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What determines whether a school is good for physics

  1. Apr 1, 2012 #1
    What determines whether a school is "good" for physics

    I'm looking around at colleges (I plan on majoring in Physics), I've looked through the rankings, but I haven't seen anywhere talking about how or why is a school determined to be good for physics.

    Is it the Teachers/Classes available? Prestige or previous graduates? research opportunities? Etc.
  2. jcsd
  3. Apr 1, 2012 #2


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    Staff: Mentor

    Re: What determines whether a school is "good" for physics

    Which rankings?

    The people who make those rankings should describe the criteria that they use, somewhere.
  4. Apr 1, 2012 #3


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    Re: What determines whether a school is "good" for physics

    This is a very good question to be asking because the various ranking systems have a wide array of criteria that they evaluate - not all of which may be relevant to you as a potential student.

    Factors that are often included are:
    - student satisfaction survey data
    - faculty to student ratio
    - number of graduating students
    - number of publications coming out of a department
    - number of citations attributed to a department
    - facilities available to students
    - teaching awards
    - grants held by faculty
    - etc.

    As you can tell, the list goes on. Some of the factors may have little-to-no relevance to your particular situation. For example, if a smaller department has a controversial professor who's work is often cited, it could boost that school's ranking tremendously, but that has no bearing on the quality of education you would get by attending that school.

    Some schools go through the exercise of specifically channeling resources into the criteria evaluated on these rankings (often at the expense of other things that matter) to boost their standings. Others ignore the rankings completely.
  5. Apr 2, 2012 #4
    Re: What determines whether a school is "good" for physics

    I wouldn't place too much weight on rankings. Instead, I would just go over the physics courses that are on offer at the college, which of those are required for the major and which are the electives, and also what textbooks they use. If available, I would also like to know where the people who graduated with a physics degree there have ended up.

    I can't quite remember the name of the college but one could graduate with BS in Mathematics there without doing some fundamental topics that are present in the typical math BS. Subjects like differential equations, analysis (can't recall if it said "analysis" or if there were two courses, one for real and one for complex) and topology were offered as electives in the major and only three/four of these so-called upper level courses could be chosen. In a good program, one would have covered these topics and then some more (perhaps not topology) by the end of either their sophomore year or the first semester of junior year, if I'm not mistaken. With that in mind, I would not apply to such a college. It may have better programs in other disciplines but apparently not in maths.
  6. Apr 3, 2012 #5
    Re: What determines whether a school is "good" for physics

    Something else I would consider instead of rankings:
    Not to doubt your desire for physics or anything, but there is a possibility you might change majors once you get into college. I entered as Chem. engineering and changed mine 3 times (counting adding majors) and I've ended up as a double in chemistry and physics. I still have all the same interests, I just found out that I like the work of scientists more than engineers. Something that's hard to know until you get the experience.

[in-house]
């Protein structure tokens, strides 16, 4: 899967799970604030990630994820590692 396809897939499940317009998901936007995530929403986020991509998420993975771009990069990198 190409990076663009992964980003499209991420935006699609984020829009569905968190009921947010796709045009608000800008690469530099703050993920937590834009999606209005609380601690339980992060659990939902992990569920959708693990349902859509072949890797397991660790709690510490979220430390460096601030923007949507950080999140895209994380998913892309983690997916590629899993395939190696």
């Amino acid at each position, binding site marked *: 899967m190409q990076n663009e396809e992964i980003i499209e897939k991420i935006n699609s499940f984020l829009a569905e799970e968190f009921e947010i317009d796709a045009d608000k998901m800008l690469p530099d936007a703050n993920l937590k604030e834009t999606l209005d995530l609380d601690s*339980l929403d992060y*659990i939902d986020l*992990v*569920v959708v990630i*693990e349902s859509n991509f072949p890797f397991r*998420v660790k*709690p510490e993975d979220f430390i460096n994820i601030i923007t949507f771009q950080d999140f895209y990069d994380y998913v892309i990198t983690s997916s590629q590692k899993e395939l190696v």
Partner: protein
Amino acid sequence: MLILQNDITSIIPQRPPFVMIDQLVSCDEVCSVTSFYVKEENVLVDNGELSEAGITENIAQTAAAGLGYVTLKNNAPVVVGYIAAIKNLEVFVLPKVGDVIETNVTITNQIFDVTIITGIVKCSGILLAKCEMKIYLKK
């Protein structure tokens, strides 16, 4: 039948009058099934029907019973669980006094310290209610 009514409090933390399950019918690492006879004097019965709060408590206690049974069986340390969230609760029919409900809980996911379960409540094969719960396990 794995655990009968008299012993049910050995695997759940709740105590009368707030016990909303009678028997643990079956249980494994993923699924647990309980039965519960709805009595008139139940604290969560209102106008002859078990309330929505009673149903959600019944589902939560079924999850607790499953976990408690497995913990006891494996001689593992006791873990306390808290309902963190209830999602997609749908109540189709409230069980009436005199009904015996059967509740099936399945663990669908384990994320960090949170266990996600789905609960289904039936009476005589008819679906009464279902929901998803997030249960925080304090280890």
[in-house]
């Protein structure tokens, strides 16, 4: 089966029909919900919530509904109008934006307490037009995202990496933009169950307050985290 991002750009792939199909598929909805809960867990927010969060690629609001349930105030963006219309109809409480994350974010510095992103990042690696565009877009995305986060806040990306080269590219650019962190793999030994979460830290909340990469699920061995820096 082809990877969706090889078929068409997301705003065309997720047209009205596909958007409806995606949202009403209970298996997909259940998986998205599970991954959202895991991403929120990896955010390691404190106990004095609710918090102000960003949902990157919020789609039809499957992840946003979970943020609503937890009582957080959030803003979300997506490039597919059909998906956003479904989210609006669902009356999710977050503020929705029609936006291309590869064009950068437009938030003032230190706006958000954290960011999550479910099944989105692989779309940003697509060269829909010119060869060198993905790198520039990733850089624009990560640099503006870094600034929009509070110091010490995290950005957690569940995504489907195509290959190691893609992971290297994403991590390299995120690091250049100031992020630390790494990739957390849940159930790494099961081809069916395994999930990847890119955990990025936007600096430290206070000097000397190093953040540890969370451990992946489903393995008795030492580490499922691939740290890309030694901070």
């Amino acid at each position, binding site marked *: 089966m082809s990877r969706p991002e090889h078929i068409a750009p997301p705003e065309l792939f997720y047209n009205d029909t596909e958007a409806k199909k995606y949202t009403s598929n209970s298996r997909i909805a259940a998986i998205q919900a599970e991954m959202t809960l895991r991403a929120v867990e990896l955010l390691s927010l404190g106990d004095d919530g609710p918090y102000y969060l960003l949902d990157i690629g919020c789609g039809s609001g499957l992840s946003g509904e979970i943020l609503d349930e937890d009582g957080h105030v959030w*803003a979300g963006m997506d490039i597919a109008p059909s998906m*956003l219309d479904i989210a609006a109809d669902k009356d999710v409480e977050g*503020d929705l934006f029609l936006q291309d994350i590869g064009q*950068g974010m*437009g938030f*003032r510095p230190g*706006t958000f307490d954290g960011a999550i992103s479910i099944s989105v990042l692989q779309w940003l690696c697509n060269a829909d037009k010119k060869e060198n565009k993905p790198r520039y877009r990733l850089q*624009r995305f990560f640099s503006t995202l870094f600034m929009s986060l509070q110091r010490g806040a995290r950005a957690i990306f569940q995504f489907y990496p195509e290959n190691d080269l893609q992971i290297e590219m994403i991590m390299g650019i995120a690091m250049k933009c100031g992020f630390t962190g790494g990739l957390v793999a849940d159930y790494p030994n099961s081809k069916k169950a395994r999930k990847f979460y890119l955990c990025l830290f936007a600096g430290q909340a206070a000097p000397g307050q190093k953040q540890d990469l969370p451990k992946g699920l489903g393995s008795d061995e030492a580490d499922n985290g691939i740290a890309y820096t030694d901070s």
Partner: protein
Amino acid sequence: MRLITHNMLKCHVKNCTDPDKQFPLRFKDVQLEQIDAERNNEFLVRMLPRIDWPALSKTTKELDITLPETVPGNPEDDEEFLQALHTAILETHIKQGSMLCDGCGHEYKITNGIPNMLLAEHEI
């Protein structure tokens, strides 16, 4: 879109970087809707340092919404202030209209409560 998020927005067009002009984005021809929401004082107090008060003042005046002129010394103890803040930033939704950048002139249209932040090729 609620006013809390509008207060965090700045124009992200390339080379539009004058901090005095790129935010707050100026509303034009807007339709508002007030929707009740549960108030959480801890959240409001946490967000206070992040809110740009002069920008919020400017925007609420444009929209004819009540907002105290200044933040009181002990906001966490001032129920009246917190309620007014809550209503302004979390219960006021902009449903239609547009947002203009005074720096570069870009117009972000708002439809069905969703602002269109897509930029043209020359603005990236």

My advise: Pick your college based on other factors as well. You will be spending 4+ (nothing wrong with +!) years there AND make lasting memories.
    Think about if you would prefer a big school or small school.

    Big school or big physics program: Good choice if you are competitive/rise to the top easily/outgoing. Keep in mind you might have classes with hundreds of people at first and they'll get smaller as you get into your major.Big schools have impressive rankings and reputation. This makes it easy for graduate schools and employers to make quick judgements on your education. You can also meet bigger names in your desired field and have more a large variety of research to get involved with. However,there will be a lot of smart cookies with a lot of desire you will have to beat out to get research positions or leadership positions/scholarships. Some big name schools have GPA inflation. Non-acedemic wise, you'll find a lot of people with similar interests and a lot more fun stuff to do on/around campus!

    Small school (or teaching non-research schools): These schools don't graduate students so the classes are all taught by full-ledge professors almost always with Ph.Ds. Your classes, for example, could have around 60 people freshman year and maybe only 10 for upper division. These schools are good for people who maybe smart and enjoy leading, but maybe need encouraging to get into leadership spots. You get the opportunity to develop close relationships with your professors and peers. They also usually have quite a few research opportunities open compared to research schools. However, because they're small they may not have specifically what you would like to do.

    I'm sure you've heard this already, but I thought I would give you my thoughts. If you haven't made your decision on this matter yet, keep it in your mind as you are deciding. I didn't and I went to a teaching uni close by to save money. It turned out to be a perfect fit so I stayed.
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